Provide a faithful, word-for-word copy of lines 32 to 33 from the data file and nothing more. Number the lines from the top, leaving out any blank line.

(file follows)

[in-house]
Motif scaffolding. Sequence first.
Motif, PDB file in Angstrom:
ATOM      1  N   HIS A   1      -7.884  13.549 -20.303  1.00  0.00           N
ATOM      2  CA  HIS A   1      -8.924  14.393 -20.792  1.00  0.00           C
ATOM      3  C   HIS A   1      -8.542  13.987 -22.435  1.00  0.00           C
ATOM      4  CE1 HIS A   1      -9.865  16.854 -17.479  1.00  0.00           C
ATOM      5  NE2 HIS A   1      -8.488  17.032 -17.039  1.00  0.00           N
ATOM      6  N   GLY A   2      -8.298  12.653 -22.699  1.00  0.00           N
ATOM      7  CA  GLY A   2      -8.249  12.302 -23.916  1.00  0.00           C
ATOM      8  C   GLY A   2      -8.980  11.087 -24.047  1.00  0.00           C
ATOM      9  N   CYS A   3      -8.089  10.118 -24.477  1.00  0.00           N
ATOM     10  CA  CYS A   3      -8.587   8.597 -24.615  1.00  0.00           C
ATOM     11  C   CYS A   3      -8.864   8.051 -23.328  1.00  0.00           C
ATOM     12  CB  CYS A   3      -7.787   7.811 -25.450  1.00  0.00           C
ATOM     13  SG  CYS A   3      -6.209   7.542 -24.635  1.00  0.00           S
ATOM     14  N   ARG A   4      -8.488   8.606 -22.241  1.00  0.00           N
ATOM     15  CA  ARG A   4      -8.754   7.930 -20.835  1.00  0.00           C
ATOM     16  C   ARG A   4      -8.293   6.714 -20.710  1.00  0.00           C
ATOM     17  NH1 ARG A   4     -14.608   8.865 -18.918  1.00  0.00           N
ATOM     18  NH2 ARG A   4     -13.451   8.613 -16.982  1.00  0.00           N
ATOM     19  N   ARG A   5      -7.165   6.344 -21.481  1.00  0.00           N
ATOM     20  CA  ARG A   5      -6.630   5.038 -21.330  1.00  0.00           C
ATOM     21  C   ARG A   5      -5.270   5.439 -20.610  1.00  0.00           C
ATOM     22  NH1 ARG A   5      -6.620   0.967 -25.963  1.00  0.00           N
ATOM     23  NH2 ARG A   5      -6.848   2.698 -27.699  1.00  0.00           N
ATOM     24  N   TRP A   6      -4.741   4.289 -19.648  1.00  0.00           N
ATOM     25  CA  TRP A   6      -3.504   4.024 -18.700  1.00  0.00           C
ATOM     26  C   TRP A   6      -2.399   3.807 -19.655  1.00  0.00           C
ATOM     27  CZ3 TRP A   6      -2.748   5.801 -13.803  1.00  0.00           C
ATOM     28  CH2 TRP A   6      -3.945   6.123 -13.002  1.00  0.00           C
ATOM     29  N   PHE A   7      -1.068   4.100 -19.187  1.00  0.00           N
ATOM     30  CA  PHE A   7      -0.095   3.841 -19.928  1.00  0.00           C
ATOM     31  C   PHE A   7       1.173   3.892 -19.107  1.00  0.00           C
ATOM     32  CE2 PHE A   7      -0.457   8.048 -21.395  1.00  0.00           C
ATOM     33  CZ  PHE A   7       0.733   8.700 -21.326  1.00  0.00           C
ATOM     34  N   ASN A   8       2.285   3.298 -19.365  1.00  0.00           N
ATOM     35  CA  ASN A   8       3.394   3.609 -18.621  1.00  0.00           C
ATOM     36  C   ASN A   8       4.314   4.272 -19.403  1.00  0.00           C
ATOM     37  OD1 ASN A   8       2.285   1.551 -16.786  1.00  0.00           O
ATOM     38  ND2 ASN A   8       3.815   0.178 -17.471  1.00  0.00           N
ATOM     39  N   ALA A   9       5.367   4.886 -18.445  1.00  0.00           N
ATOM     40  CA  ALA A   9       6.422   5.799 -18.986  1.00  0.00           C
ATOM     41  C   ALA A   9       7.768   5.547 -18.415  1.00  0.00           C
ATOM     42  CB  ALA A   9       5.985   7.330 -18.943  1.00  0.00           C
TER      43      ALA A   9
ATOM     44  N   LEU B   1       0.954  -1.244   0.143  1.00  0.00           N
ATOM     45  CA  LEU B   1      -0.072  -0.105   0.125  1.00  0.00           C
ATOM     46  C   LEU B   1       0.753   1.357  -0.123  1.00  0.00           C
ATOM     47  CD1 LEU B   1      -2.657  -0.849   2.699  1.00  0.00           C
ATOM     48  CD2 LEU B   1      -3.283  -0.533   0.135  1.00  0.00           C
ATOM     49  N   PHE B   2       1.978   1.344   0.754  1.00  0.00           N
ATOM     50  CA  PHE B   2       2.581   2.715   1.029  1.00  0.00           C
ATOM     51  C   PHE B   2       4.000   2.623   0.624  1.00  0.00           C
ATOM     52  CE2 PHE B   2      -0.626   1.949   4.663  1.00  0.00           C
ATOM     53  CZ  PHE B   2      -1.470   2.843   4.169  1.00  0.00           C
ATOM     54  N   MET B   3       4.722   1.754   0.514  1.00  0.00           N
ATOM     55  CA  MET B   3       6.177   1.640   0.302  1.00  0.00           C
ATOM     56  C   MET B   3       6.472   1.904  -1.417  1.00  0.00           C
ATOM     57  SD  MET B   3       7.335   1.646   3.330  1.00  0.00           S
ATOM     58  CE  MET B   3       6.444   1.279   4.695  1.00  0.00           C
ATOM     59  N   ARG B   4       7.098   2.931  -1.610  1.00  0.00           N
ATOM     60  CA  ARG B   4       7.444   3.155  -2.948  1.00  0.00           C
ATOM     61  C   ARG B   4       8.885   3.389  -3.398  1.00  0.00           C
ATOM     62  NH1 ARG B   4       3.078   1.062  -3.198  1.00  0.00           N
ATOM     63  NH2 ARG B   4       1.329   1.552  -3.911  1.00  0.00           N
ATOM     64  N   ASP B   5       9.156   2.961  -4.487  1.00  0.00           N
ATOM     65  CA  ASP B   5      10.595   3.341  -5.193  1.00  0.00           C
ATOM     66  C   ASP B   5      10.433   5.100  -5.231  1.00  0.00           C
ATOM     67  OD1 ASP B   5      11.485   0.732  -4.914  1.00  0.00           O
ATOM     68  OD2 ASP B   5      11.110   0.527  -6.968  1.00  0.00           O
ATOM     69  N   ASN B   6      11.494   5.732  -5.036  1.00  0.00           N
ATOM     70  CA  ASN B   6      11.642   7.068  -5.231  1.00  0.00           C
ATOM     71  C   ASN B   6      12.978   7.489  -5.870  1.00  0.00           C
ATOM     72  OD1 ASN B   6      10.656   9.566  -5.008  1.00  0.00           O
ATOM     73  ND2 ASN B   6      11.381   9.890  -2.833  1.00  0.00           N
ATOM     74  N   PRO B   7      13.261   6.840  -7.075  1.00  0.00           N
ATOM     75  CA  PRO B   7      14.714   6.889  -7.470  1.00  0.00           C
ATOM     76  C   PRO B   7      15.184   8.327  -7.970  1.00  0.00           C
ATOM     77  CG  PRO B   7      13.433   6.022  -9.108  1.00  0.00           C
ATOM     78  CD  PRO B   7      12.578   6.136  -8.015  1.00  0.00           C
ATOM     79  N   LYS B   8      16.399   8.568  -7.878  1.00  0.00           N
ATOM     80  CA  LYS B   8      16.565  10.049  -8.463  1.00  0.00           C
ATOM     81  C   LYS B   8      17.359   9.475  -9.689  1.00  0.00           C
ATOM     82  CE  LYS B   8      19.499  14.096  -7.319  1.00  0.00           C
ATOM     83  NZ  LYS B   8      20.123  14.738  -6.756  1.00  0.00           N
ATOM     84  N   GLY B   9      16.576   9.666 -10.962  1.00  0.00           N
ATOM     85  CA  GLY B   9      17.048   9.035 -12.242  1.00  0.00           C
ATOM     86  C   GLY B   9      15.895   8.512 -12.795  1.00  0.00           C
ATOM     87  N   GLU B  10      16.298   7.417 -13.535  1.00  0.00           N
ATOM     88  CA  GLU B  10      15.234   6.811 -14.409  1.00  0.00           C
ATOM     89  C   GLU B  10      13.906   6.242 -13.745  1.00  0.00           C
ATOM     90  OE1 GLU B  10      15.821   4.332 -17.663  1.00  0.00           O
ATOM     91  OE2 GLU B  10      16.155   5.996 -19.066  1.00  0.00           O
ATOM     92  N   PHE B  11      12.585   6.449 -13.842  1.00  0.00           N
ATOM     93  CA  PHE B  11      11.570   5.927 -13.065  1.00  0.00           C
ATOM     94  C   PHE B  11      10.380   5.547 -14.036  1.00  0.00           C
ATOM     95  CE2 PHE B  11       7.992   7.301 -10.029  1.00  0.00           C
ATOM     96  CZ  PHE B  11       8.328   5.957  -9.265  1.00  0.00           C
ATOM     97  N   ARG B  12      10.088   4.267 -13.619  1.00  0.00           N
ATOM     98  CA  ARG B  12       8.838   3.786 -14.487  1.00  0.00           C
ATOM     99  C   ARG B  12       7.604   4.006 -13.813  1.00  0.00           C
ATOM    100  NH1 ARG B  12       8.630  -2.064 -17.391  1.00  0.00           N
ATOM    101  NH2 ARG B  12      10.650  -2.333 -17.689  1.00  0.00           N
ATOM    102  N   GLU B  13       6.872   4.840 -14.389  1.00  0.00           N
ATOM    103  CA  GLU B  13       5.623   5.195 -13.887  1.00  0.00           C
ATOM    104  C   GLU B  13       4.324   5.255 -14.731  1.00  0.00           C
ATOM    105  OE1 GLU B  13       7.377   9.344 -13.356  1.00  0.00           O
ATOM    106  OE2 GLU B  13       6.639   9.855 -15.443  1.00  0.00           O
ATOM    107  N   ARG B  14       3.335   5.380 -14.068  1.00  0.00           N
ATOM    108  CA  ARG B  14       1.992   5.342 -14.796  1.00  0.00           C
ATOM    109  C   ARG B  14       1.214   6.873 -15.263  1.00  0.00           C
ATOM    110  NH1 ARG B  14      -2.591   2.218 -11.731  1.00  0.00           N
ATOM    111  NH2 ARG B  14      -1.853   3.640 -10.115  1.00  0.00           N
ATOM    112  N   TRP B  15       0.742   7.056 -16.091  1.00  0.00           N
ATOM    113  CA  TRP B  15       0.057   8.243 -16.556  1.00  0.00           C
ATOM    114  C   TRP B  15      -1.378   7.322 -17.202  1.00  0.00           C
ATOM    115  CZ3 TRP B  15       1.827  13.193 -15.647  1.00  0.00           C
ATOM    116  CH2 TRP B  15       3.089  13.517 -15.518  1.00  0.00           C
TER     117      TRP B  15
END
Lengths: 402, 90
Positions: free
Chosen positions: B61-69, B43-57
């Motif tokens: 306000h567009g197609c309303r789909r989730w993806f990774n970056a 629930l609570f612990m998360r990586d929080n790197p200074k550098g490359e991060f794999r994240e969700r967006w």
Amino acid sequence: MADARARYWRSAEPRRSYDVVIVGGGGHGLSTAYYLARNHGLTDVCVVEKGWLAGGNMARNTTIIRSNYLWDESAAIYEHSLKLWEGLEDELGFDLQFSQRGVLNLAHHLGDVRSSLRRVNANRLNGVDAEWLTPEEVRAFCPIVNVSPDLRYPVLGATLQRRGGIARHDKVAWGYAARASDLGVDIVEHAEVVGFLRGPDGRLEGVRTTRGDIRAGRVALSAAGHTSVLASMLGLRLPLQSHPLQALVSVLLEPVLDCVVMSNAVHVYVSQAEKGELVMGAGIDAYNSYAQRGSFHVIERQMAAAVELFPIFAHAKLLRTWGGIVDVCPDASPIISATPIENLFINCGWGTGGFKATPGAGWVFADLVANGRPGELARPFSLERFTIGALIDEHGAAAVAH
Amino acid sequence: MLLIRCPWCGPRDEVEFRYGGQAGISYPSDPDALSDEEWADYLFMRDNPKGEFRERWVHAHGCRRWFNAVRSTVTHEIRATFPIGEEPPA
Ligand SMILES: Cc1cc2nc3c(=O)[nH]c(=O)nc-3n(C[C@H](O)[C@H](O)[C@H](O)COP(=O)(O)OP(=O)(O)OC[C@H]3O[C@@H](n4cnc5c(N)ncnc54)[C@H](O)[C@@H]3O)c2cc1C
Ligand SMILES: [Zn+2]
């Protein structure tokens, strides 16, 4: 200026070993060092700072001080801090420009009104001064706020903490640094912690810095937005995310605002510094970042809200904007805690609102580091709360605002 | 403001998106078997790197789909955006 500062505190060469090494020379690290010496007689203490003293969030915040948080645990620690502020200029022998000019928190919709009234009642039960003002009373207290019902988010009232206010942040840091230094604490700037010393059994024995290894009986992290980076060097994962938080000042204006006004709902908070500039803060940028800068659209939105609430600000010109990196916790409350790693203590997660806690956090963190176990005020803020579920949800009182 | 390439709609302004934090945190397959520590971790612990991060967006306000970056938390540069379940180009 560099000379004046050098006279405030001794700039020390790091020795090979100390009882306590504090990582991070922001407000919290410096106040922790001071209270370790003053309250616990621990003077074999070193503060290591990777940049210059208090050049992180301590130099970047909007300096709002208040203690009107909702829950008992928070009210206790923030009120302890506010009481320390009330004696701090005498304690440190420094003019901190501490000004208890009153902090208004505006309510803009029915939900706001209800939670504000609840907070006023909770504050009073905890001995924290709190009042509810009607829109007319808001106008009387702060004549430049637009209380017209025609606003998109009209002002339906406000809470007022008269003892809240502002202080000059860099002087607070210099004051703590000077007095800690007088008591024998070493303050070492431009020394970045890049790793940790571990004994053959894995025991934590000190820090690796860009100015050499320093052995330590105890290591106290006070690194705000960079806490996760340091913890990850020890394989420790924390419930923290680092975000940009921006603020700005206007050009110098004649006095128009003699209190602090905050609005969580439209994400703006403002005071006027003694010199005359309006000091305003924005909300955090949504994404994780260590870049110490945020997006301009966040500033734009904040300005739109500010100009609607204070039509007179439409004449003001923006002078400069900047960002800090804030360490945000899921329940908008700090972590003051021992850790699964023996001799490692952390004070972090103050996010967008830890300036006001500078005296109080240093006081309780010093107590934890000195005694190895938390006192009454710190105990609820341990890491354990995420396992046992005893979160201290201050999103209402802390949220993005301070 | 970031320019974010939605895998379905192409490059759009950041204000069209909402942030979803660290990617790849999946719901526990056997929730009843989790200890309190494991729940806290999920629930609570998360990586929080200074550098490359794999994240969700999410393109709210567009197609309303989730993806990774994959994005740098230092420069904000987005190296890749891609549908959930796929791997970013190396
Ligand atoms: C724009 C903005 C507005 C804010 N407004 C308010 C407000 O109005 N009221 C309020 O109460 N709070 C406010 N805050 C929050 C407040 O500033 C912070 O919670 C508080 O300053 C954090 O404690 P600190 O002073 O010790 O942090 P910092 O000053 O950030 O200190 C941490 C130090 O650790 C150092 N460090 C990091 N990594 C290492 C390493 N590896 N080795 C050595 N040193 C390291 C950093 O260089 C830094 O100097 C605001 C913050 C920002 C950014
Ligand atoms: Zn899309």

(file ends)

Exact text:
ATOM     29  N   PHE A   7      -1.068   4.100 -19.187  1.00  0.00           N
ATOM     30  CA  PHE A   7      -0.095   3.841 -19.928  1.00  0.00           C